Does your daughter struggle with lust? There is a good chance that she does – and you can help! Lust is not just a male problem; lust is a human problem and it needs to be addressed.
In a recent post at Covenant Eyes they address the topic of daughters and their thought life and how parents can help them be victorious.
This article from Covenant Eyes is being re-posted with permission.
In today’s sex-saturated world, purity is a daily battle that begins early in our lives. And if you have a teenage daughter, she’s in that battle right now. Sadly, a Christian young woman may be losing the fight where it first begins—her thought life. She may not be in a relationship, but she may be imagining that she’s in an intimate romance where she feels desired, beautiful, and worthy. She may not be sleeping with her boyfriend, but she may be playing out a sexual fantasy in her search for fulfillment.
She doesn’t know that those fleeting feelings of freedom are actually shackling her to her own desires. She doesn’t know that her lusts are waging war against her own soul (1 Peter 2:11).
She doesn’t know that she’s losing the battle.
Do you know how to talk to your daughter about the battle?
She Needs You to Know Her Heart
If your daughter struggles in her thought life, she probably feels too embarrassed to talk about it. And since lust is more frequently talked about as a guys’ issue, she may feel all the more ashamed—one of the easiest ways to stay stuck in the cycle.
Since it’s such a personal and intimate topic, broaching the subject can be awkward. Start with the “symptoms.” If she’s into chick flicks and boy bands, ask her what she likes about them and how they make her feel. Does she long for a relationship? Does she want to feel beautiful, desired, and powerful like the on-screen actress? These are perfect introductions to asking her about her thought life. Does she sometimes imagine being in a romantic relationship with a guy? Does she wonder what an intimate or sexual relationship would be like?
Remind her that her sexual desires are good and God-given (Song of Solomon 1:2, Genesis 2:18). And remind her that lust is a human problem—she’s not unusual and certainly not the only one who struggles with it (1 Corinthians 10:13)!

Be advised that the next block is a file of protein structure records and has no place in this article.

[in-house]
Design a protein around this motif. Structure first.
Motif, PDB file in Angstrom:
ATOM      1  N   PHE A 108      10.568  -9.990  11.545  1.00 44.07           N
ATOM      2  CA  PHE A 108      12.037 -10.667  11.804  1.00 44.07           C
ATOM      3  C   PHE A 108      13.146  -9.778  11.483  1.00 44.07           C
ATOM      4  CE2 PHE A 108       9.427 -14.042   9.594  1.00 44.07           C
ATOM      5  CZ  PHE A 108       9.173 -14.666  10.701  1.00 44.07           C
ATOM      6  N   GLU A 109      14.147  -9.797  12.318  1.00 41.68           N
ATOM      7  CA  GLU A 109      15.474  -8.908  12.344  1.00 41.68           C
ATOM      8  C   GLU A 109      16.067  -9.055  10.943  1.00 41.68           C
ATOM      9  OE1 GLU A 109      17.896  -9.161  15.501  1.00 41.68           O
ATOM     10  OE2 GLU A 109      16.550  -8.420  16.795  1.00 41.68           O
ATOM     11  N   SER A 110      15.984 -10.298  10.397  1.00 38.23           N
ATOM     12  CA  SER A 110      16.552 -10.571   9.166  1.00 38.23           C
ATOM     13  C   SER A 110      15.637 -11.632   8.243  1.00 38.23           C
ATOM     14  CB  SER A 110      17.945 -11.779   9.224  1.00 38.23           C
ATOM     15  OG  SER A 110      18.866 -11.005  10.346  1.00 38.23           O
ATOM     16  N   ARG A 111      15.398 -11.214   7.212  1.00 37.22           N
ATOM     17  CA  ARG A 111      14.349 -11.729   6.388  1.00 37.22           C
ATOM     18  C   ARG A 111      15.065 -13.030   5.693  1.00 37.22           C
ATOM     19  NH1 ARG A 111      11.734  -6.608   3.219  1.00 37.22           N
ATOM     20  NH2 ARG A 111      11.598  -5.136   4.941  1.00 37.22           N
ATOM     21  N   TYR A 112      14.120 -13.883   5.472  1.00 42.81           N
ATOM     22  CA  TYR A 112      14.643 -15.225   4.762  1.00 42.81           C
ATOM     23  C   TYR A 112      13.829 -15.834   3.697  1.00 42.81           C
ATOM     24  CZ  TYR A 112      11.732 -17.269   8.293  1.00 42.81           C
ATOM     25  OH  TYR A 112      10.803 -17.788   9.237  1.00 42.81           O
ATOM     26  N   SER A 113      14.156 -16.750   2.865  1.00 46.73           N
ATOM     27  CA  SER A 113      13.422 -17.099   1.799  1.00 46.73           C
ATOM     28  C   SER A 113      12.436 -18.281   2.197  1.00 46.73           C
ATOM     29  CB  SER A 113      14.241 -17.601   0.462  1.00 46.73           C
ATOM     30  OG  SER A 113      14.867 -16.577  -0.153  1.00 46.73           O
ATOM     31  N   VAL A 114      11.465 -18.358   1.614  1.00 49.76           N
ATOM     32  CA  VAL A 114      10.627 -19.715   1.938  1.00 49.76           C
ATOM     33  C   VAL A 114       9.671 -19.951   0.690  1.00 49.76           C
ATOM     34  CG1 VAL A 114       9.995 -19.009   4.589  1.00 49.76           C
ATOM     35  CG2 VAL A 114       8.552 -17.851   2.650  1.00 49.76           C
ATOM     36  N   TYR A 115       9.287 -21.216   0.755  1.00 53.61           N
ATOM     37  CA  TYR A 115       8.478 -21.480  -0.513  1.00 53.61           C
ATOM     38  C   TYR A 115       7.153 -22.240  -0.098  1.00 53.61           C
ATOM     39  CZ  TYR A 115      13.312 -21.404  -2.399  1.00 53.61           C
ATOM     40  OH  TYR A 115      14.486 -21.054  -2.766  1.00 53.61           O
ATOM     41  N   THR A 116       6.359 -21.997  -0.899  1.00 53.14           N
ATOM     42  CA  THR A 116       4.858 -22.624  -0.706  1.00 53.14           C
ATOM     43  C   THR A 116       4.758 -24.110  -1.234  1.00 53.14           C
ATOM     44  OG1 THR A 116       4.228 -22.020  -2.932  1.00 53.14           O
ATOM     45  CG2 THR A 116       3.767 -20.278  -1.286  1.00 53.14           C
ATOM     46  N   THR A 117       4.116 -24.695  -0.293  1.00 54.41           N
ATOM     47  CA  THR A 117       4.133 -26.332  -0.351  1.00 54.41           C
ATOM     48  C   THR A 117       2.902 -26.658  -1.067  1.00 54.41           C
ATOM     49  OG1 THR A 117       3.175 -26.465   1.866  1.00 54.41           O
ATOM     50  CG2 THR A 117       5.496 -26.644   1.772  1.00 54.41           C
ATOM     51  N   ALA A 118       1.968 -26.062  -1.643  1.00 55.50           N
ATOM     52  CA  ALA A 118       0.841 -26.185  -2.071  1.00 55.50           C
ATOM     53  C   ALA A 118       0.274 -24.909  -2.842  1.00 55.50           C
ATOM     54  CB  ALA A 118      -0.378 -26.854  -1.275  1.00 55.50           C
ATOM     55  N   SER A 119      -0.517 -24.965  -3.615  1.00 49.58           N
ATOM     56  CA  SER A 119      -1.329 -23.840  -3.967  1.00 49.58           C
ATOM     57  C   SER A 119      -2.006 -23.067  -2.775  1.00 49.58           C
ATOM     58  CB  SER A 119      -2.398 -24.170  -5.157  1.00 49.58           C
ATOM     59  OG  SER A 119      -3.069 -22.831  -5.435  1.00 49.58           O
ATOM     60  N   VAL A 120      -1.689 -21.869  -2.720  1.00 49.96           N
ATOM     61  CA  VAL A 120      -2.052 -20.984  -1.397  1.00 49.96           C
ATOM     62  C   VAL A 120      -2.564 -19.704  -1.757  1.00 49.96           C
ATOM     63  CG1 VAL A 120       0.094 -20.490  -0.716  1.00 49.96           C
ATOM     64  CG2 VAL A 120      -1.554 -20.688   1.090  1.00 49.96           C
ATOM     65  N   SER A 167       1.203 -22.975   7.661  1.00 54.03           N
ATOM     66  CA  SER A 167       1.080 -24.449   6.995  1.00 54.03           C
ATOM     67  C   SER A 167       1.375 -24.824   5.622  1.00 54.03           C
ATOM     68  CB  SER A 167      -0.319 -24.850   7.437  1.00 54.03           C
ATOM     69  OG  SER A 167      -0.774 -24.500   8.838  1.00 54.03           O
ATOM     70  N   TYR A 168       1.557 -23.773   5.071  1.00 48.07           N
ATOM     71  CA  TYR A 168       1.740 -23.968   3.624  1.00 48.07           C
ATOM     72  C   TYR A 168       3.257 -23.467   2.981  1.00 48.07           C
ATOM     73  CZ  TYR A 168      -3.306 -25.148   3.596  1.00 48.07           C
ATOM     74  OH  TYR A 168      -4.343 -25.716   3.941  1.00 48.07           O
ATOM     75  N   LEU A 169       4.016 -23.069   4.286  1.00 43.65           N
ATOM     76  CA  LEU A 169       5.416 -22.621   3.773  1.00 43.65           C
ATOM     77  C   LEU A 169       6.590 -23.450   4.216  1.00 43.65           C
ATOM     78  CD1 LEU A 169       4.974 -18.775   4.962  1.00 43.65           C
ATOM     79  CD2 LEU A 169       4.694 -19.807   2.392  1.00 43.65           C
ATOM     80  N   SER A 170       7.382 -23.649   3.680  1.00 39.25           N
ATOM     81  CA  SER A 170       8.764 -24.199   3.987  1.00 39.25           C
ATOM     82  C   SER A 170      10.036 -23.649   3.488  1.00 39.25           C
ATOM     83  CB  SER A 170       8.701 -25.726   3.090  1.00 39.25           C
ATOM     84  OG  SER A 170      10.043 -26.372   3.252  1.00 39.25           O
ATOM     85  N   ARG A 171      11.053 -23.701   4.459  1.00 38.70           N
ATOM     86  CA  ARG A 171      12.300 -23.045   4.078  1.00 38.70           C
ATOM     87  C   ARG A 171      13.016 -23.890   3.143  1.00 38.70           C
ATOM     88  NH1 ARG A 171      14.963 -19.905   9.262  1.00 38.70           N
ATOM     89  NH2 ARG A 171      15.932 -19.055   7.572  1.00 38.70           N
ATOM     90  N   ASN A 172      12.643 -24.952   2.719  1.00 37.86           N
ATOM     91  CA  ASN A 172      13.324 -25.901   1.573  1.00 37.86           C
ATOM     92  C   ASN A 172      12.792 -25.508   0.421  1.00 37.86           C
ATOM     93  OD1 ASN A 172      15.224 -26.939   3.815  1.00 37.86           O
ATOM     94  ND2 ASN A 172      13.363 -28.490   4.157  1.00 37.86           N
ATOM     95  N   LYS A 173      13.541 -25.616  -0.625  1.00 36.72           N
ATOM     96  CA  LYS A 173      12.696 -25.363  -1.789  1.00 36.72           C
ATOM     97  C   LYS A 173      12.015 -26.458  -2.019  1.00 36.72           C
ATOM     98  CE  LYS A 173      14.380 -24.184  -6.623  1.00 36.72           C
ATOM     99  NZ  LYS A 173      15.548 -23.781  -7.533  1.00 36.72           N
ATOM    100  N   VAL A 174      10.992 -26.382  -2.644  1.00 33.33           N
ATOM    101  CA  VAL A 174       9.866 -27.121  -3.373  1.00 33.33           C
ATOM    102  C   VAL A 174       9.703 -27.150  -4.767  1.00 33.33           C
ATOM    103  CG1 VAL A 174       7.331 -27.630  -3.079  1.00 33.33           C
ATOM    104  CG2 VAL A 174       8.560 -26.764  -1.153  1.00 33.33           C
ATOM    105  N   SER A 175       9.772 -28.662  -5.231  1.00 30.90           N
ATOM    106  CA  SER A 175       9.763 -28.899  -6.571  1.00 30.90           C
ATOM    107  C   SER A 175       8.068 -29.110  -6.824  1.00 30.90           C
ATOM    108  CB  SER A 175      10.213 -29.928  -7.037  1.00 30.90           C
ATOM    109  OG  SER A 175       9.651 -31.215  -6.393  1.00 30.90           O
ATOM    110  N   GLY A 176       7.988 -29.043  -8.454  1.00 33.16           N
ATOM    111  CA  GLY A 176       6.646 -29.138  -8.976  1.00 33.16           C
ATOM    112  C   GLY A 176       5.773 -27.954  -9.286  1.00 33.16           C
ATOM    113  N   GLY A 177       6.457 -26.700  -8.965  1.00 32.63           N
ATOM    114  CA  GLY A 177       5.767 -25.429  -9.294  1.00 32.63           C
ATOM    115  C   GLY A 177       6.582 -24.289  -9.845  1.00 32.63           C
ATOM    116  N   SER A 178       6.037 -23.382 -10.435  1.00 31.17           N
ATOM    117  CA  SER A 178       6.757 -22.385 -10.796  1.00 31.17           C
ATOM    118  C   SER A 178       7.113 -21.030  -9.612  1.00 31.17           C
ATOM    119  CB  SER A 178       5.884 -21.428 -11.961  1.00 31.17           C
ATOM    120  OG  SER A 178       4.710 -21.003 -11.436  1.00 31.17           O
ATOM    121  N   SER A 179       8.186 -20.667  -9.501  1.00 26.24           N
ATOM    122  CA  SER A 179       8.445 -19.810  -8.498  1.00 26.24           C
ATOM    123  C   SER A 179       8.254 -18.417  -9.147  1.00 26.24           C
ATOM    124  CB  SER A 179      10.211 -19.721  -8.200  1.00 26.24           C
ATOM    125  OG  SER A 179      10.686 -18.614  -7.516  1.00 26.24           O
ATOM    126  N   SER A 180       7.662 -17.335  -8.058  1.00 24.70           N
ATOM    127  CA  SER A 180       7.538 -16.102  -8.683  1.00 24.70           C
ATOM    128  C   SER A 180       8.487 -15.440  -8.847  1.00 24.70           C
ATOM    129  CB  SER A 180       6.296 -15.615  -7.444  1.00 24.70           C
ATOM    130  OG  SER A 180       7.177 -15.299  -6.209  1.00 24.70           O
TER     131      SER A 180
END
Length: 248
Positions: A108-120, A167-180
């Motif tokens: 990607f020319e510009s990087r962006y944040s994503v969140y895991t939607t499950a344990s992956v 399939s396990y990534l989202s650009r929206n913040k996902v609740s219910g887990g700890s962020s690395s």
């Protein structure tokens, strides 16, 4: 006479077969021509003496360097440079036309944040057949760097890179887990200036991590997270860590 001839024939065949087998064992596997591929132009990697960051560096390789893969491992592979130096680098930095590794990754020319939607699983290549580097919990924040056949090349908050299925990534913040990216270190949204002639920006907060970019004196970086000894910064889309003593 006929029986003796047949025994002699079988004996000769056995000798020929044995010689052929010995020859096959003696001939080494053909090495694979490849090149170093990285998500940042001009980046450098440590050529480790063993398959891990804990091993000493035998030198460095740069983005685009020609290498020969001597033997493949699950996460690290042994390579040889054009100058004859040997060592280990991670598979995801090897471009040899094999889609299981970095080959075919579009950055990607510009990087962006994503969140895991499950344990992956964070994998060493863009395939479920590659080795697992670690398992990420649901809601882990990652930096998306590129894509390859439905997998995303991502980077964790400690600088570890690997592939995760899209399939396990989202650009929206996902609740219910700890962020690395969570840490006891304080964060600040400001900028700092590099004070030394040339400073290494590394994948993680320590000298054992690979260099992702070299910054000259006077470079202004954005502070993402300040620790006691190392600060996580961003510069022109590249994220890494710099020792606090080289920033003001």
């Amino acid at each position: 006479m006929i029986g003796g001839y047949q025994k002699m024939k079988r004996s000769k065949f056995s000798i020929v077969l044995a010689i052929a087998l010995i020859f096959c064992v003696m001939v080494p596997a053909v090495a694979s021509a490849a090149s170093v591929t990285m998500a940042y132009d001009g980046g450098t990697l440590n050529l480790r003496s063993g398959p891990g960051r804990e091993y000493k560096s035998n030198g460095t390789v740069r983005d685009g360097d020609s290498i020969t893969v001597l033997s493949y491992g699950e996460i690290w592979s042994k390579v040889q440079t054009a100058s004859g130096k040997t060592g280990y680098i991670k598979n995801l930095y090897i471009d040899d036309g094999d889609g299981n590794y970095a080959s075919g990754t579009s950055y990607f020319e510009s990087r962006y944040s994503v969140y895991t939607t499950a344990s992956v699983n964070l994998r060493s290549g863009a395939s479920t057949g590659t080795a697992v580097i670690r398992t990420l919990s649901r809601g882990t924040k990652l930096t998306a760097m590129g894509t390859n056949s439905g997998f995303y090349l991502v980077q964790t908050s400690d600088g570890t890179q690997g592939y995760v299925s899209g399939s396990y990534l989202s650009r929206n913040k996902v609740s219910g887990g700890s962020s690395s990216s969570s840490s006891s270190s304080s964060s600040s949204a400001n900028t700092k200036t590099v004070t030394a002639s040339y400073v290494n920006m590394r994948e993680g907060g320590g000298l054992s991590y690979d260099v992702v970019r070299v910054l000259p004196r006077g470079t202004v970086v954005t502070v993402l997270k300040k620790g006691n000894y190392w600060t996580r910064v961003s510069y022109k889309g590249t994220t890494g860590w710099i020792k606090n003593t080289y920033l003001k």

She Needs You to Remind Her of the Truth
Just like every other sin, lust deceives us and makes false promises (James 1:14-15). The very nature of lust keeps us addicted to wanting more, then dissatisfied after we find it. And it doesn’t stay in the boundaries we think we’ve set up for it.
Joshua Harris said it this way: “Lust is always an unholy desire for the forbidden. Its goal is the very act of desiring. The result is that lust cannot be quenched. As soon as the object of lust is attained, lust wants something more. Even when you indulge in every kind of impurity, you’re still filled with a continual lust. You won’t be able to fantasize enough to quench lust.”
Your daughter needs to know that hidden lust and everything it leads to (fantasizing, viewing pornography, masturbation, etc.) will never go away after it’s indulged (Ephesians 4:19). In fact, it won’t be satisfied until it has stolen her purity, her joy, her fulfillment, and the abundant life that her Savior came to give her (John 10:10). Plus, lust will affect future relationships.
Every Young Woman’s Battle points out that we outwardly do what we have internally practiced. Emotionally, lust leads to a distorted view of love, romance and sexuality. When your heart is tangled with impurity, it inevitably compromises purity in a dating relationship.
She Needs You to Point Her to True Love
Behind the lure of lust is a longing for love. God created women to be pursued, cherished, known, and deeply loved. When we retreat to a fantasy world, we’re usually searching for those very things. But instead we become chained to our lusts, enslaving ourselves to our emotional and sexual desires. If your teen is struggling in her thought life, simply avoiding sinful habits won’t bring about true life change.
Your daughter needs to know the One who pursues, cherishes, knows and deeply loves her. She needs to be captivated by the Lover of her soul. She needs to deeply know the One she was made for. Remind her that no man—real or imagined—will be able to fulfill that longing to be loved. He truly is her True Love!
She Needs to Know How to Fight the Battle
If your daughter’s thought life is her battleground, remind her that she’s not alone, that Jesus already freed her from this sin at the cross, and that cleansing is on just the other side of confession (1 John 1:9).
Offer to help keep her accountable and casually ask her how’s she doing in her thought life every couple of weeks. Help your daughter take inventory on those things that may trigger a challenge in her thought life—everything from magazines, movies, and music, to hormonal swings, free time, and specific friends. Perhaps it’s time to change some patterns and cultivate new habits.
Also, equip her books that will help her starve out lust and stir love for Christ. Some of my favorites are Sex is Not the Problem (Lust Is) by Joshua Harris, Every Young Woman’s Battle by Shannon Ethridge and Stephan Arterburn, Authentic Beauty by Leslie Ludy, and Passion and Purity by Elizabeth Elliot.
The battle for sexual purity begins in the heart. And with Jesus alive in us, the battle has ultimately been won (Romans 6:1-14). Your daughter can fight like a winner—but first she needs to know how to fight.
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Article written by Katie McCoy. Katie is the editor of BiblicalWoman.org, a women’s issues website. She is pursuing a PhD in theology from Southwestern Baptist Theological Seminary. Katie loves sushi, learning new words, and is currently a political news junkie.